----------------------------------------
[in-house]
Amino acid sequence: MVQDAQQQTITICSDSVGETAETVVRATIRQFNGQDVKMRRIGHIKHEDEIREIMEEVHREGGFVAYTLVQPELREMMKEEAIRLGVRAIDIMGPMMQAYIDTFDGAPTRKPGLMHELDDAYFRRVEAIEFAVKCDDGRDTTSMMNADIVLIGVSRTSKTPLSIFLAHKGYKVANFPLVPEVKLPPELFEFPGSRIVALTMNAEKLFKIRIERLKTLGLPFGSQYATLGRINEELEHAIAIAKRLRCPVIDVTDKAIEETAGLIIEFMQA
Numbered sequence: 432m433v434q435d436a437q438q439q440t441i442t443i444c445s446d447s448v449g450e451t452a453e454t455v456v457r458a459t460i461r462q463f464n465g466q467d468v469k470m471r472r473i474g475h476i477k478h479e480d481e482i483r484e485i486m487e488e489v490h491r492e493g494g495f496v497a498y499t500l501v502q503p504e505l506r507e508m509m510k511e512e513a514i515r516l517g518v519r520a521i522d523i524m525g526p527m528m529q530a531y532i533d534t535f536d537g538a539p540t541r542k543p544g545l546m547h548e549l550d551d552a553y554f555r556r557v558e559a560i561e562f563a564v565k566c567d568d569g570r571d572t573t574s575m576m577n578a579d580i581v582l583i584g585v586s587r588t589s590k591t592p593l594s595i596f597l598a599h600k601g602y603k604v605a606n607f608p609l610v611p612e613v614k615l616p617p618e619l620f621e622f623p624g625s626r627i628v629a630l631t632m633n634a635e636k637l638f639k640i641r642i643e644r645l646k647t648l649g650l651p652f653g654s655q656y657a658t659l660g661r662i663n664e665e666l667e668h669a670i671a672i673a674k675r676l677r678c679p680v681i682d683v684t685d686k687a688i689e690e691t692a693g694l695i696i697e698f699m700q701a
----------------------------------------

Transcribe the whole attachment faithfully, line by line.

[in-house]
Amino acid sequence: MVQDAQQQTITICSDSVGETAETVVRATIRQFNGQDVKMRRIGHIKHEDEIREIMEEVHREGGFVAYTLVQPELREMMKEEAIRLGVRAIDIMGPMMQAYIDTFDGAPTRKPGLMHELDDAYFRRVEAIEFAVKCDDGRDTTSMMNADIVLIGVSRTSKTPLSIFLAHKGYKVANFPLVPEVKLPPELFEFPGSRIVALTMNAEKLFKIRIERLKTLGLPFGSQYATLGRINEELEHAIAIAKRLRCPVIDVTDKAIEETAGLIIEFMQA
Numbered sequence: 432m433v434q435d436a437q438q439q440t441i442t443i444c445s446d447s448v449g450e451t452a453e454t455v456v457r458a459t460i461r462q463f464n465g466q467d468v469k470m471r472r473i474g475h476i477k478h479e480d481e482i483r484e485i486m487e488e489v490h491r492e493g494g495f496v497a498y499t500l501v502q503p504e505l506r507e508m509m510k511e512e513a514i515r516l517g518v519r520a521i522d523i524m525g526p527m528m529q530a531y532i533d534t535f536d537g538a539p540t541r542k543p544g545l546m547h548e549l550d551d552a553y554f555r556r557v558e559a560i561e562f563a564v565k566c567d568d569g570r571d572t573t574s575m576m577n578a579d580i581v582l583i584g585v586s587r588t589s590k591t592p593l594s595i596f597l598a599h600k601g602y603k604v605a606n607f608p609l610v611p612e613v614k615l616p617p618e619l620f621e622f623p624g625s626r627i628v629a630l631t632m633n634a635e636k637l638f639k640i641r642i643e644r645l646k647t648l649g650l651p652f653g654s655q656y657a658t659l660g661r662i663n664e665e666l667e668h669a670i671a672i673a674k675r676l677r678c679p680v681i682d683v684t685d686k687a688i689e690e691t692a693g694l695i696i697e698f699m700q701a